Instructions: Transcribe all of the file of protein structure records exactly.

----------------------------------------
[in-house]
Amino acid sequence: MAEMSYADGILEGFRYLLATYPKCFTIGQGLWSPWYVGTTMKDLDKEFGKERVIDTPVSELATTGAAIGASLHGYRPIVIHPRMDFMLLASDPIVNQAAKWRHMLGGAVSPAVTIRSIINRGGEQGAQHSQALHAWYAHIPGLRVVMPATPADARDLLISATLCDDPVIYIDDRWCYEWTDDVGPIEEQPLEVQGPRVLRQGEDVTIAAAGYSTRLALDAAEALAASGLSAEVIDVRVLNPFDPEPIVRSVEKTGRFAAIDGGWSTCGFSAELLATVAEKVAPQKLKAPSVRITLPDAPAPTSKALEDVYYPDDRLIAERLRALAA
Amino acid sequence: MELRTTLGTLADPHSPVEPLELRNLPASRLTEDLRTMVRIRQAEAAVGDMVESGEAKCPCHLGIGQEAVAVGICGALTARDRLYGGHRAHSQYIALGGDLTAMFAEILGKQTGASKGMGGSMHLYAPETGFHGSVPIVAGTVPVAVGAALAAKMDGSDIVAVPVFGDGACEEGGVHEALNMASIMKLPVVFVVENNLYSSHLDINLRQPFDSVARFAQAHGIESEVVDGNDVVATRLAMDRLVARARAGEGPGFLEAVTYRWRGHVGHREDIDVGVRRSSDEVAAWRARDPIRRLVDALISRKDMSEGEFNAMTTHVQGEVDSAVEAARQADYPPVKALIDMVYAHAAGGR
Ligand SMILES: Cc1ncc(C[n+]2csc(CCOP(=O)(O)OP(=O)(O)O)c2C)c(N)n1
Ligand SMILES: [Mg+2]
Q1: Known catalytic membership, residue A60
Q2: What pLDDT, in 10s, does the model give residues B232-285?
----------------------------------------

[in-house]
Amino acid sequence: MAEMSYADGILEGFRYLLATYPKCFTIGQGLWSPWYVGTTMKDLDKEFGKERVIDTPVSELATTGAAIGASLHGYRPIVIHPRMDFMLLASDPIVNQAAKWRHMLGGAVSPAVTIRSIINRGGEQGAQHSQALHAWYAHIPGLRVVMPATPADARDLLISATLCDDPVIYIDDRWCYEWTDDVGPIEEQPLEVQGPRVLRQGEDVTIAAAGYSTRLALDAAEALAASGLSAEVIDVRVLNPFDPEPIVRSVEKTGRFAAIDGGWSTCGFSAELLATVAEKVAPQKLKAPSVRITLPDAPAPTSKALEDVYYPDDRLIAERLRALAA
Amino acid sequence: MELRTTLGTLADPHSPVEPLELRNLPASRLTEDLRTMVRIRQAEAAVGDMVESGEAKCPCHLGIGQEAVAVGICGALTARDRLYGGHRAHSQYIALGGDLTAMFAEILGKQTGASKGMGGSMHLYAPETGFHGSVPIVAGTVPVAVGAALAAKMDGSDIVAVPVFGDGACEEGGVHEALNMASIMKLPVVFVVENNLYSSHLDINLRQPFDSVARFAQAHGIESEVVDGNDVVATRLAMDRLVARARAGEGPGFLEAVTYRWRGHVGHREDIDVGVRRSSDEVAAWRARDPIRRLVDALISRKDMSEGEFNAMTTHVQGEVDSAVEAARQADYPPVKALIDMVYAHAAGGR
Ligand SMILES: Cc1ncc(C[n+]2csc(CCOP(=O)(O)OP(=O)(O)O)c2C)c(N)n1
Ligand SMILES: [Mg+2]
Q1: Known catalytic membership, residue A60
Q2: What pLDDT, in 10s, does the model give residues B232-285?